Window tint is applied to vehicles for several reasons. It is often installed to keep the inside of the vehicle cooler, and some people install it because they believe it makes the car more attractive. Window tint can also prevent glares from the sun, and prevent harmful UV rays from reaching the car’s occupants. Some people actually have a valid medical need to keep their windows tinted. Regardless of the reason for window tint on a vehicle, car owners must abide by the window tinting laws in their states. To explore this concept, consider the following window tint definition.
Definition of Window Tint
- A film or coating applied to windows to block out the sunlight and harmful UV rays.
Circa 1940 American auto industry
What is Window Tint
Window tint refers to a special film or coating that may be applied to windows, whether on an automobile or building, to prevent a certain spectrum or amount of sunlight from passing through the glass. It is not uncommon for cars to have some level of tinting applied during manufacture, though the level of such tinting is generally light, so as to comply with all state laws. Tinting of windows in cars, trucks, and SUVs is regulated by the laws of each state, which attempt to balance driver comfort with automobile safety.
Even if the vehicle is not manufactured with window tint, owners can choose to have their windows tinted to keep out UV rays. This is often done by private companies specialized in tinting, but owners can also install the tint themselves by purchasing window tint or film. When an individual chooses a tint level, or installs his own tint, he risks violating state law regarding the level of tint allowed in his state of residence.
Window Tint Laws
State laws regulating window tinting are typically found within each state’s vehicle codes. In general, window tint laws are in place to prevent window tinting from becoming a safety hazard, as tint that is too dark can obstruct the driver’s view. In most states, window tinting includes not only heat-shrunk tinted films, but also shade bands, which are thin strips of tint that stretch across the top of a windshield. These laws also regulate the operation of a vehicle with temporary sunscreen devices, including those held onto the window with suction cups.
Most state laws specify acceptable levels of light transmission through the vehicle’s safety glass, and through the tinting. This is expressed in a percentage of Visible Light Transmission (“VLT”). In basic terms, this is the level of light that comes through the window, and therefore visibility afforded the driver.
State Regulations on Window Tint
Each state has regulations on how much light must pass through the window tint to be in compliance. These VLT levels vary by the specific location of the window, and some states have varying standards for different types of vehicles.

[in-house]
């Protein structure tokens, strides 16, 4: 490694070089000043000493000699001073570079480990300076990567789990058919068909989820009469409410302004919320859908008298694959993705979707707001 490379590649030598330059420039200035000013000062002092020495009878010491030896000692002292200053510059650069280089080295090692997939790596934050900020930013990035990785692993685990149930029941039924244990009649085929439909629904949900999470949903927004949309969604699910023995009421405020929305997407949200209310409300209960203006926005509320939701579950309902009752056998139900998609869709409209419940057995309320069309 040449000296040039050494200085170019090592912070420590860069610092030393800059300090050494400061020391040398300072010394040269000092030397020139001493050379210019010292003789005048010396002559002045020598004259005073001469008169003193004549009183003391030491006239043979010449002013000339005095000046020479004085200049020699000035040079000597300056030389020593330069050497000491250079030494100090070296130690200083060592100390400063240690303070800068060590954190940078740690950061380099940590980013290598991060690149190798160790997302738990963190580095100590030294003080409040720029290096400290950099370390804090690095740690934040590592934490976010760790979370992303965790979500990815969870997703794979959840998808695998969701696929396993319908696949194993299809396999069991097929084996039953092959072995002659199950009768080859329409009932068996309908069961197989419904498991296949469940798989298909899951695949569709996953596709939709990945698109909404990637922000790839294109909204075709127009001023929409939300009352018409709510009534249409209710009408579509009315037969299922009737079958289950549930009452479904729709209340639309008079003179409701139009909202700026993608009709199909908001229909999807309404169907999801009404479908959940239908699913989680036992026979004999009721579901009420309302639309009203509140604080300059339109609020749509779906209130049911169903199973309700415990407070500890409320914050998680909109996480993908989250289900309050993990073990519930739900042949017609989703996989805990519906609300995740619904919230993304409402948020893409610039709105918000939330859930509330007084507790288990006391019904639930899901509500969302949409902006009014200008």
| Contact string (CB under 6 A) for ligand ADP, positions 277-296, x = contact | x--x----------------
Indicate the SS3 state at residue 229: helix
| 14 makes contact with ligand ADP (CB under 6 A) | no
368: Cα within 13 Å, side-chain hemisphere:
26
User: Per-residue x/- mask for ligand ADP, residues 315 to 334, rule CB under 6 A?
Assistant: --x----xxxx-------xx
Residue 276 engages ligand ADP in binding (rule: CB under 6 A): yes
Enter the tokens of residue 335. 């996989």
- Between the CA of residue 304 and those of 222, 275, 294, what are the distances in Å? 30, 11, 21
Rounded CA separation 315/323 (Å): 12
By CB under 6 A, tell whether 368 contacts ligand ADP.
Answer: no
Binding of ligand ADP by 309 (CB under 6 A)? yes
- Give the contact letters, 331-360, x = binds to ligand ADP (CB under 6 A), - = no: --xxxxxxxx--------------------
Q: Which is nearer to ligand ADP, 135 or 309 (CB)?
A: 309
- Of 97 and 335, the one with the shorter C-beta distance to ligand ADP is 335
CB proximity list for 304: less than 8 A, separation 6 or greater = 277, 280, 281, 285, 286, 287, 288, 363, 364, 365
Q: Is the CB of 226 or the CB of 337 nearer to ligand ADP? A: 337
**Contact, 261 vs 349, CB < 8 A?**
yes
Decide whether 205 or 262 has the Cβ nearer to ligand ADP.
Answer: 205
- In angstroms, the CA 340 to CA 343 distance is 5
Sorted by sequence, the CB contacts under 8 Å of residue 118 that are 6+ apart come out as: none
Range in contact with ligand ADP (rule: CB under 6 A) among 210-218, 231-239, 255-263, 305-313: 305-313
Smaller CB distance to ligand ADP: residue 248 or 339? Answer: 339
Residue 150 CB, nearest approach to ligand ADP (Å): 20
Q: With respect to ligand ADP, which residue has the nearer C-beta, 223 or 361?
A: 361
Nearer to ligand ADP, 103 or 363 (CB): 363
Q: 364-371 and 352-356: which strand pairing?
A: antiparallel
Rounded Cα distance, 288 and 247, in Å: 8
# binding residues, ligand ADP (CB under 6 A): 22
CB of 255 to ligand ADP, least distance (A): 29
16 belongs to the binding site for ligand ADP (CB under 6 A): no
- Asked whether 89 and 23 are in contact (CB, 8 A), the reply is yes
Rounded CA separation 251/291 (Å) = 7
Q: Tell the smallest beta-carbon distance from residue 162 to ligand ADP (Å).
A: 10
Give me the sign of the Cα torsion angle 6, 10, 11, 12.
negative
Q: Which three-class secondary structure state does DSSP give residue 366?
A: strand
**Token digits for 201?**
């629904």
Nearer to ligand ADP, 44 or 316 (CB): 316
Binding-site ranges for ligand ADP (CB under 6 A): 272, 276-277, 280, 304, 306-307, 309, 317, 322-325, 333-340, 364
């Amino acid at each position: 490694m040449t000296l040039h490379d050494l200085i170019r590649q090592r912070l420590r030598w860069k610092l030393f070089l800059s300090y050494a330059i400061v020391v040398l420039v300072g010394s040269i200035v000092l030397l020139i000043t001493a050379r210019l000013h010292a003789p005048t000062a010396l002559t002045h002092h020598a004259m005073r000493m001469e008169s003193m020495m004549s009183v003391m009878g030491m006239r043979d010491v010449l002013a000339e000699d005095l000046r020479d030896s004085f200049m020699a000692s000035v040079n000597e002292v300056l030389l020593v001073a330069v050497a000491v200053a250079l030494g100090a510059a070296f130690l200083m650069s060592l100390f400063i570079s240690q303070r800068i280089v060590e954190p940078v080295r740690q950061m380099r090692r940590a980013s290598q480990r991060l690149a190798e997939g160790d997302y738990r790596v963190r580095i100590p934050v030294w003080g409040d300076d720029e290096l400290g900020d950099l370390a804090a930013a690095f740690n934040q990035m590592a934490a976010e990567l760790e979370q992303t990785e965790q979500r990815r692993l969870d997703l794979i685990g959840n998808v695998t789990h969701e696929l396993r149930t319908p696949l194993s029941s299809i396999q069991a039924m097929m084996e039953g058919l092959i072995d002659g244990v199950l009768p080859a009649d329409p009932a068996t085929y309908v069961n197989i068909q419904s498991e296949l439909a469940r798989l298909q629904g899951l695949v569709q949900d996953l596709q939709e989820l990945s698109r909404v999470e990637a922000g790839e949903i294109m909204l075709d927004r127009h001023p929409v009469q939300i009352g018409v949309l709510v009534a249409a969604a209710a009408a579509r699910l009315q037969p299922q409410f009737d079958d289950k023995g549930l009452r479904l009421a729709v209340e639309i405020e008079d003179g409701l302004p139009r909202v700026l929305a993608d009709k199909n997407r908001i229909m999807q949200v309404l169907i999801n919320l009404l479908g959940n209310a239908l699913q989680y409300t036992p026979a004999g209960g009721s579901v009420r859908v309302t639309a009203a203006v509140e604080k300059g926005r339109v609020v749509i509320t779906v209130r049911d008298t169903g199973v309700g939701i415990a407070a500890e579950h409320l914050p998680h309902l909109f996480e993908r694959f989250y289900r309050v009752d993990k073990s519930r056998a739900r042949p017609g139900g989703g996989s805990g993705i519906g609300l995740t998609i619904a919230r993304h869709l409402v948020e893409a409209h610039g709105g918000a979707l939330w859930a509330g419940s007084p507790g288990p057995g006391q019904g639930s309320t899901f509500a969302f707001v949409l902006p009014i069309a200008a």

A person found in violation of state window tinting laws may be subject to a citation. The penalty is usually a fine, though the amount varies by state, and may increase for successive violations. In addition, a person guilty of multiple window tint violations may be placed on probation. In most jurisdictions, the court can also order that tint in violation of state law be removed from the car’s windows. Depending on the method used, this may require replacement of the windows, which is costly.
Testing Car Window Tint
In order to determine whether a car’s tinted windows meet state law, he may have the vehicle inspected using a light transmission device called a photometer. A licensed professional can accurately measure the VLT of car window tint. Companies that provide window tinting services can usually provide this service, and, should the tint exceed state allowance, give an estimate on correcting the problem.
To locate a business that inspects car window tint, a person can contact their local Department of Motor Vehicles. Local service stations may also have information about window tint inspections. Any owner of a vehicle with tinted windows who moves to a new state should have his car window tint re-inspected, as state laws vary. It is also important to know that traveling through other states with tinted windows may prove to be problematic.
Example of Window Tint Law Variations
Jeffery, who is a resident of Utah, has very dark window tint on his sedan’s rear windows, including the rear side windows, and his front side windows test at 43% VLT. His windows meet the legal requirements in Utah. When Jeffery moves to Wyoming, where the acceptable VLT is 28%. In this example of window tint laws, it is Jeffery’s responsibility to have his window tint tested, and he risks receiving a citation if he does not bring his windows into compliance.